Electrician Kaimahi Hiko
Electricians test, install, maintain and repair electrical systems and equipment.
Electricians need to be registered with the Electrical Workers Registration Board, unless they:
- are going to work under the supervision of somebody else who is registered
- need extra work experience while they are training, in which case they need a Limited Certificate.
Electricians need to complete a competency programme every two years to refresh their knowledge and renew their licence.
Electricians may do some or all of the following:
- interpret electrical information on diagrams and plans
- check for errors in diagrams and plans
- install electrical wiring and equipment
- repair and replace electrical wiring, parts and equipment
- safety-test work
- keep records of problems they find, and the work they do
- prepare job and other quotes, or provide information for quotes.
Electricians need to:
- have normal colour vision, as they need to identify different-coloured cables
- be reasonably fit, healthy and strong, as the work involves climbing and lifting
- be comfortable working in confined spaces and at heights, as they may need to crawl through tight spaces under buildings and above ceilings.
Useful experience for electricians includes construction or engineering work.
Electricians need to be:
- accurate and methodical
- practical and logical
- good communicators
- able to work well alone or in a team
- good at problem solving.
Electricians need to have knowledge of:
- electrical theory, laws, codes, and standards of practice
- how to install electrical wiring and fixtures
- how to draw wiring diagrams and floor plans
- basic maths and physics
- safety procedures and first aid.
Self-employed electricians must also have business skills.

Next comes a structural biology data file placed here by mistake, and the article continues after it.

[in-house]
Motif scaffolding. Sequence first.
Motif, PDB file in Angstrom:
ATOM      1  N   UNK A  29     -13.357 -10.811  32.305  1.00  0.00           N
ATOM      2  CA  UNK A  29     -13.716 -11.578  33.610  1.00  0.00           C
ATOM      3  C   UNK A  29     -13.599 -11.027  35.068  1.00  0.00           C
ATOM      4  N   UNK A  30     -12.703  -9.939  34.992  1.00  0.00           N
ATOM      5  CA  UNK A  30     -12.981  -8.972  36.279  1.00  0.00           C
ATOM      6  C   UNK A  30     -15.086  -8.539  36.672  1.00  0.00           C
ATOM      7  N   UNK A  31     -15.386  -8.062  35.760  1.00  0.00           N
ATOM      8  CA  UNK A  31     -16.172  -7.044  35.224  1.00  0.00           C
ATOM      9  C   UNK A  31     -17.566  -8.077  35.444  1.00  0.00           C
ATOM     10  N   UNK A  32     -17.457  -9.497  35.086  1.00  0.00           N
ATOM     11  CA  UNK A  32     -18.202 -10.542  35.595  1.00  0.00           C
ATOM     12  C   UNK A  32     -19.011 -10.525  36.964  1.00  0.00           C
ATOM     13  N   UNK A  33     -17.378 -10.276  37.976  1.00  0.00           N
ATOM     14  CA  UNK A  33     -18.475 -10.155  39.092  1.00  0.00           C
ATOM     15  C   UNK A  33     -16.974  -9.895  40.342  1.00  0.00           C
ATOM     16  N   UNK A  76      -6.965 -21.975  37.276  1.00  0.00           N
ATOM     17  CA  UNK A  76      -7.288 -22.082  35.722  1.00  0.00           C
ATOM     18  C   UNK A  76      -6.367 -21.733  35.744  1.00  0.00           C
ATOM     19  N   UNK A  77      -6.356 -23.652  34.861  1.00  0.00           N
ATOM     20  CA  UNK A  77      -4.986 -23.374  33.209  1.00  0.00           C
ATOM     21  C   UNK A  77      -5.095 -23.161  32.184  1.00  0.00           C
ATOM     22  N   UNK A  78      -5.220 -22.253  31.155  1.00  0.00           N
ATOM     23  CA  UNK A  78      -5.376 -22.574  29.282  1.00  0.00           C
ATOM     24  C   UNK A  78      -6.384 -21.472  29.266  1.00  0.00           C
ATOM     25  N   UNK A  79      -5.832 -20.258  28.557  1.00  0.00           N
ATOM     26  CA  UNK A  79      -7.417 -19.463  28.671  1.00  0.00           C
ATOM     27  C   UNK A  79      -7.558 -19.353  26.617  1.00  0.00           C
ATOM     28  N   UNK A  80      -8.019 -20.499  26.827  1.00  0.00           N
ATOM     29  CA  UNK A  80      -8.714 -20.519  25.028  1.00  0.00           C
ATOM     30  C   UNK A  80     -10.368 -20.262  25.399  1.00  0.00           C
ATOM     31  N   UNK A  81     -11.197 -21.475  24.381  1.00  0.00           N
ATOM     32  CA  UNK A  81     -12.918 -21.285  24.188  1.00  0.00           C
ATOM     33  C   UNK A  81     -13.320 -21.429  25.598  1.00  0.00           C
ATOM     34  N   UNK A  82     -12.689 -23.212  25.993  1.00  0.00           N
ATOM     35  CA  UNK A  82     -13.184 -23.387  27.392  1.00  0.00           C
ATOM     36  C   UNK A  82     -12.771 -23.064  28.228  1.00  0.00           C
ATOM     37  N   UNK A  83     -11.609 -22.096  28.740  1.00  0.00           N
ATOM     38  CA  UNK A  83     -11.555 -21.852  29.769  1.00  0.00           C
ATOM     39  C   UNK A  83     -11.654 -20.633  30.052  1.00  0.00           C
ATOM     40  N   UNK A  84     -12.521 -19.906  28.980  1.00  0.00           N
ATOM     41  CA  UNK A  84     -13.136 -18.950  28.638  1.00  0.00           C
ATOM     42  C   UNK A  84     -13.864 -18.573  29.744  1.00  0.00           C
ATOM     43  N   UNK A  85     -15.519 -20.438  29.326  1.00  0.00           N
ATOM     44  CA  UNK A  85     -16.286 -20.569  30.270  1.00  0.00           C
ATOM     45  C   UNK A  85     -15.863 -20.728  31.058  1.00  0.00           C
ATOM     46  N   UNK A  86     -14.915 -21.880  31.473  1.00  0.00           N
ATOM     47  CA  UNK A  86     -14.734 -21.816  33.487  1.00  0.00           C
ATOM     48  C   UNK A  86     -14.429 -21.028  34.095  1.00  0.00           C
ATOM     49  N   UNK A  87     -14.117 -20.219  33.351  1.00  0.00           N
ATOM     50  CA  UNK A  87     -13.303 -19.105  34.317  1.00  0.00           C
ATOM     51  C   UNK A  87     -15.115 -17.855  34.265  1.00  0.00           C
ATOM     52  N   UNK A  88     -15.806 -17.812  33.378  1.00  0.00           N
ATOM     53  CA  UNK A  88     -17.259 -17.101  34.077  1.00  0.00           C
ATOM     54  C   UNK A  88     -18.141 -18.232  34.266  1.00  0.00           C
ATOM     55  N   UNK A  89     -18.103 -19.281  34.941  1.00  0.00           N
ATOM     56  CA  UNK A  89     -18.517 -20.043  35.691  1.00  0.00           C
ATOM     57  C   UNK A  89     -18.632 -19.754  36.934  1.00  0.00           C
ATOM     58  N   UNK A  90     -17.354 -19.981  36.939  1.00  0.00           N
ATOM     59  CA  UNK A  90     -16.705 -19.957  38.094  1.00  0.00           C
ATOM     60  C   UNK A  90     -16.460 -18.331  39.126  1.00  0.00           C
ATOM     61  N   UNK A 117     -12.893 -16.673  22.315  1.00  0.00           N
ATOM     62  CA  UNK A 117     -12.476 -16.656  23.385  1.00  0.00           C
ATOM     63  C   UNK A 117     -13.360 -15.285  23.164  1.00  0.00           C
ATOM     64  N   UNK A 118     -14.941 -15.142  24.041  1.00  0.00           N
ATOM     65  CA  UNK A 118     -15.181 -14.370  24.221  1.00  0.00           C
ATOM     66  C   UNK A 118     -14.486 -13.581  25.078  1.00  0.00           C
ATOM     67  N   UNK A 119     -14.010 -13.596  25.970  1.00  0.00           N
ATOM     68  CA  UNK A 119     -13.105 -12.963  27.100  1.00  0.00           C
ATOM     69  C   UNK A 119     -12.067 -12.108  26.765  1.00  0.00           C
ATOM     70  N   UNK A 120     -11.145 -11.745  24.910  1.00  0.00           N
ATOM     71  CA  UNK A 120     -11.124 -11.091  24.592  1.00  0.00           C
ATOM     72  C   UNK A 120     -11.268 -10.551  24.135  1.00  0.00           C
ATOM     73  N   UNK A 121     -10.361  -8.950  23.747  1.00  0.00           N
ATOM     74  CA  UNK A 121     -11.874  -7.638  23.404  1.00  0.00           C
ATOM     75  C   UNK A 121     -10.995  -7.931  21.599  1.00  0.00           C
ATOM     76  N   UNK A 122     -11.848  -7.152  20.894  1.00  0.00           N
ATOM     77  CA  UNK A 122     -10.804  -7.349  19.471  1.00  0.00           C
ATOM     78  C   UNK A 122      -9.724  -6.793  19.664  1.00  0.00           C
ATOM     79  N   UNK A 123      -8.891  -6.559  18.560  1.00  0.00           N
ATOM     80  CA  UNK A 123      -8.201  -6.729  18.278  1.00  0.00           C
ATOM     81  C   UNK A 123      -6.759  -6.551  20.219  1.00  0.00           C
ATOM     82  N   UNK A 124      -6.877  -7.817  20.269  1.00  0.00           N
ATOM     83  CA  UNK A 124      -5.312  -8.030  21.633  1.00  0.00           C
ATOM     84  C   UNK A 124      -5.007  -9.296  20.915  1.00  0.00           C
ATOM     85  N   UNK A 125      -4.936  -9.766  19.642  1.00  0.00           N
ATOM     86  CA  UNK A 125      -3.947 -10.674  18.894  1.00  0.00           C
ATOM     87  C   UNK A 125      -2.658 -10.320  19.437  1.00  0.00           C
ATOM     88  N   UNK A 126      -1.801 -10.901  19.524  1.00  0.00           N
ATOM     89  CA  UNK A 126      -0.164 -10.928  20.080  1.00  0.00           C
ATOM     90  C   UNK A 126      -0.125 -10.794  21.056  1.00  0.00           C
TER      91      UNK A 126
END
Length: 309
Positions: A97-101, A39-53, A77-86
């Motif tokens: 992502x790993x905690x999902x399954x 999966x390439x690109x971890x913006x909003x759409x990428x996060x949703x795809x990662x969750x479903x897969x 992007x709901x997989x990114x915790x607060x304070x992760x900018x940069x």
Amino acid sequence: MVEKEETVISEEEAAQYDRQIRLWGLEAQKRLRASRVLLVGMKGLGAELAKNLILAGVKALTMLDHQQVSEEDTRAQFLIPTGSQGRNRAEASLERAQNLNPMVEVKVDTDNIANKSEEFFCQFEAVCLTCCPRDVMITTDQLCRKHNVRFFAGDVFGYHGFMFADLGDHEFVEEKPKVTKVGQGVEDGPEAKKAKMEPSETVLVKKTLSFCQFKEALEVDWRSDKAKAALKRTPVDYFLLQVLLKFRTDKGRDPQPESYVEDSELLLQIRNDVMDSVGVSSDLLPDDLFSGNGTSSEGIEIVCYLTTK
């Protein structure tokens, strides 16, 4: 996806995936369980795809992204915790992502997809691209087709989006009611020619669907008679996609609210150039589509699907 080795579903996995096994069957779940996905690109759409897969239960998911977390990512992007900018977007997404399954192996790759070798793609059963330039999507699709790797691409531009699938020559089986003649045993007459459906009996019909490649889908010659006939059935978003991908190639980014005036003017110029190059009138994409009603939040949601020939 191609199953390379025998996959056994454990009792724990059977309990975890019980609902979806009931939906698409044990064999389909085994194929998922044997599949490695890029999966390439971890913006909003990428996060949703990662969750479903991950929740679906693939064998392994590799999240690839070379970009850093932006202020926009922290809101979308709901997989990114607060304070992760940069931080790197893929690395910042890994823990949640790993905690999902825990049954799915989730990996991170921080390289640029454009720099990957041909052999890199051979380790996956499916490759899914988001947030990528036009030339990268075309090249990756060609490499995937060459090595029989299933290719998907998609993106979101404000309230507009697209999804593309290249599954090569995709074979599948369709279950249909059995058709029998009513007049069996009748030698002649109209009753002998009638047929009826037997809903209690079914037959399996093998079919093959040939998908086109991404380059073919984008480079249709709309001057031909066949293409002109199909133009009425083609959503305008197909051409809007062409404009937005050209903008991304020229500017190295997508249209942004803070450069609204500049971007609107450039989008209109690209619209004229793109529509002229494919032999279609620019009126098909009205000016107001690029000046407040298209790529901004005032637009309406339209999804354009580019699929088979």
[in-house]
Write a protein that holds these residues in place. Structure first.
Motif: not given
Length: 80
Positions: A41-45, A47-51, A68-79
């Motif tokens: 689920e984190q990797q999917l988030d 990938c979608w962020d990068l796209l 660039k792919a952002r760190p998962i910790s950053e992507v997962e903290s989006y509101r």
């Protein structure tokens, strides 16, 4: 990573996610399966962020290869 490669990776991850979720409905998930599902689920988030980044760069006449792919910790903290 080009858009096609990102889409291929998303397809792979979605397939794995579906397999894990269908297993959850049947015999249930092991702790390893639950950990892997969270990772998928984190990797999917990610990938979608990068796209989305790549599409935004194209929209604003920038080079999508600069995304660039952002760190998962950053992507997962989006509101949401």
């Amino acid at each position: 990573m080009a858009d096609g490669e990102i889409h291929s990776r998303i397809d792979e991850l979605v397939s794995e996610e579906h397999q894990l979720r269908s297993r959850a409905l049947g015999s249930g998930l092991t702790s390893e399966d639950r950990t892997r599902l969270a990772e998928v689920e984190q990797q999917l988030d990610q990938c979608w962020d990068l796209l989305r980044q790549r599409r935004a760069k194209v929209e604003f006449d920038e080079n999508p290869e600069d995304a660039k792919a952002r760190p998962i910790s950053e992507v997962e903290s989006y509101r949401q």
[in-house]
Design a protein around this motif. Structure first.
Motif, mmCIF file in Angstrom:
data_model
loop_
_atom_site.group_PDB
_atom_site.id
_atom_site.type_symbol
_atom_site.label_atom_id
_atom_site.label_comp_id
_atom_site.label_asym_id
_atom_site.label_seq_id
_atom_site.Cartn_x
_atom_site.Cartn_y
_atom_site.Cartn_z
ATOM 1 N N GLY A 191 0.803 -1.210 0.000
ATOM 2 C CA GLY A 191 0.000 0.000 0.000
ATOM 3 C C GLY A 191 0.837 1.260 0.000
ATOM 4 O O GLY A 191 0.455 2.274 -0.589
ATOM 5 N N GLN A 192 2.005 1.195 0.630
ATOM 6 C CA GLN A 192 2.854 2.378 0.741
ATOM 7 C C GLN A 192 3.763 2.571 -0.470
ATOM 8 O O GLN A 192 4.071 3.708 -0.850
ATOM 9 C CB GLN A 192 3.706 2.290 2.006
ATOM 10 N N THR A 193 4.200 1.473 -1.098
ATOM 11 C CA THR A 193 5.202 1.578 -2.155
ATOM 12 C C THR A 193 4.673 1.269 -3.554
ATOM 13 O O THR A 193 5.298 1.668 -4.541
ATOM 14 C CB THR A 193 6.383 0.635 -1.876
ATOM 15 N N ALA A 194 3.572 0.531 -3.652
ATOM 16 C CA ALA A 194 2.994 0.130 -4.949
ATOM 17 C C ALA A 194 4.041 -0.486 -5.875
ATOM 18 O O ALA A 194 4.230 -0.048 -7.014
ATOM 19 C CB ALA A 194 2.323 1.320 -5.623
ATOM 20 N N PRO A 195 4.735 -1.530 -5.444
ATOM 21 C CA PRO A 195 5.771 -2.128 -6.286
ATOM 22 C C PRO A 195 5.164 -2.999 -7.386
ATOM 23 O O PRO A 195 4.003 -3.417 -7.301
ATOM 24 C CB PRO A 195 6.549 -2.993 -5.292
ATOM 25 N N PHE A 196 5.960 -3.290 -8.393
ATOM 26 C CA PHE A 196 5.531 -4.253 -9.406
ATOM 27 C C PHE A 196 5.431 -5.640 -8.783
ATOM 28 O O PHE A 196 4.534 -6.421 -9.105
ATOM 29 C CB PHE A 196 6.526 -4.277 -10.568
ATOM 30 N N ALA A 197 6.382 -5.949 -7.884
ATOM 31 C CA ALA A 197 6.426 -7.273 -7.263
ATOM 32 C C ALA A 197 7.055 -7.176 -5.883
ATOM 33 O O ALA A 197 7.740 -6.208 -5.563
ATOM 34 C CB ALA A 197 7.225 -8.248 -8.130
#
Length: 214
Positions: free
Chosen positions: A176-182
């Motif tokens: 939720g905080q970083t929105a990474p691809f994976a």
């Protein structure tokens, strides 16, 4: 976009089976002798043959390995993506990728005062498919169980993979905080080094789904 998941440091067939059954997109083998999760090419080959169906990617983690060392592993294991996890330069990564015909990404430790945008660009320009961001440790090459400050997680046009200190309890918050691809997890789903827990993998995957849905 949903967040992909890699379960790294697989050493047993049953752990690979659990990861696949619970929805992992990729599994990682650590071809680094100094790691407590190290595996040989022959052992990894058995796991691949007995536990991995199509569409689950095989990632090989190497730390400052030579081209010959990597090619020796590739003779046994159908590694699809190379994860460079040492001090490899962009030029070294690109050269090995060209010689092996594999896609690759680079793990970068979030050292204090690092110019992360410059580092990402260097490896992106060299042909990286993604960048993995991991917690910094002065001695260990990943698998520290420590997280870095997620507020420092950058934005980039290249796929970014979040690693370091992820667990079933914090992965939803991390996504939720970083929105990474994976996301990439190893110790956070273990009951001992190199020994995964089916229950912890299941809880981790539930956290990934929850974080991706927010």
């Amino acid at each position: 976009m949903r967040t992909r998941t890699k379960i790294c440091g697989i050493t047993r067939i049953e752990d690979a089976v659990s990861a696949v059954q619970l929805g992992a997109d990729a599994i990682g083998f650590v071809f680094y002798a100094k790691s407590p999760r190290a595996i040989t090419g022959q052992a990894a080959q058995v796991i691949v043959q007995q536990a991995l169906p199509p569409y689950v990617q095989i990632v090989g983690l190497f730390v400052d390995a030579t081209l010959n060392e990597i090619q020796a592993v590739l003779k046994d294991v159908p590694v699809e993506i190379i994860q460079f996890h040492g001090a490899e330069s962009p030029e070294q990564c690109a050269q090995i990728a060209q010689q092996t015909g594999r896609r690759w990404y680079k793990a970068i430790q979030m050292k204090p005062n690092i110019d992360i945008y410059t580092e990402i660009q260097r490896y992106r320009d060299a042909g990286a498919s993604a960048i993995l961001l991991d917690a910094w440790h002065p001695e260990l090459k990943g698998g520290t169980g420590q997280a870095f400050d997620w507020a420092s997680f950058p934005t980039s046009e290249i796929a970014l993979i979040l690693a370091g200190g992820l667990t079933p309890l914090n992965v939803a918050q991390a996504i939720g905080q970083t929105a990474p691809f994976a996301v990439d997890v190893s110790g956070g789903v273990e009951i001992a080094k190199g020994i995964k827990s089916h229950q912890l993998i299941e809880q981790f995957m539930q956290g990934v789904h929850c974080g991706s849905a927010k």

- usually work regular business hours, but may work weekends, public holidays, or be on call
- may work at construction sites or in buildings, power generation stations or substations
- may work at heights and in enclosed, noisy, dirty, dusty, or hazardous conditions
- travel to local worksites.
A minimum of 14 numeracy credits and 10 literacy credits at NCEA Level 1 are usually required to enter an apprenticeship.
For Year 11 to 13 learners, trades academies and the STAR and Gateway programmes are good ways to gain relevant experience and skills.
These programmes may help you gain an apprenticeship, but do not reduce the amount of time it takes to complete it.
You can also participate in Bright Sparks, which organises competitions, support and NCEA-approved training for students who are interested in electronics and robotics.
Electricians may progress to become:
- project managers
- consultants at building construction companies or engineering firms
- site supervisors.
With further training they may also progress to become:
- electrical inspectors
- electrical engineering technicians
- electrical engineers.
- Project manager job information
- Electrical engineering technician job information
- Electrical engineer job information
Electricians may specialise in:
- low-voltage electrical work on houses, and commercial or industrial buildings
- high-voltage electrical work (over 1000 volts) on power stations, substations and other sites.
Years Of Training3-4 years of training required.
To become an electrician you need to complete a New Zealand Certificate in Electrical Engineering Theory (Level 3) and gain an apprenticeship. The Skills Organisation oversees electrical apprenticeships.
You also need to be registered with the Electrical Workers Registration Board.
Most employers also prefer you to:
- have a driver's licence
- have access to a car, to get to worksites
- pass a drug test.
High-voltage power training
Grid Skills (part of Transpower) trains people to work with high-voltage power – for example, in substations.
This training takes up to two years and can be done by apprentices or qualified electricians.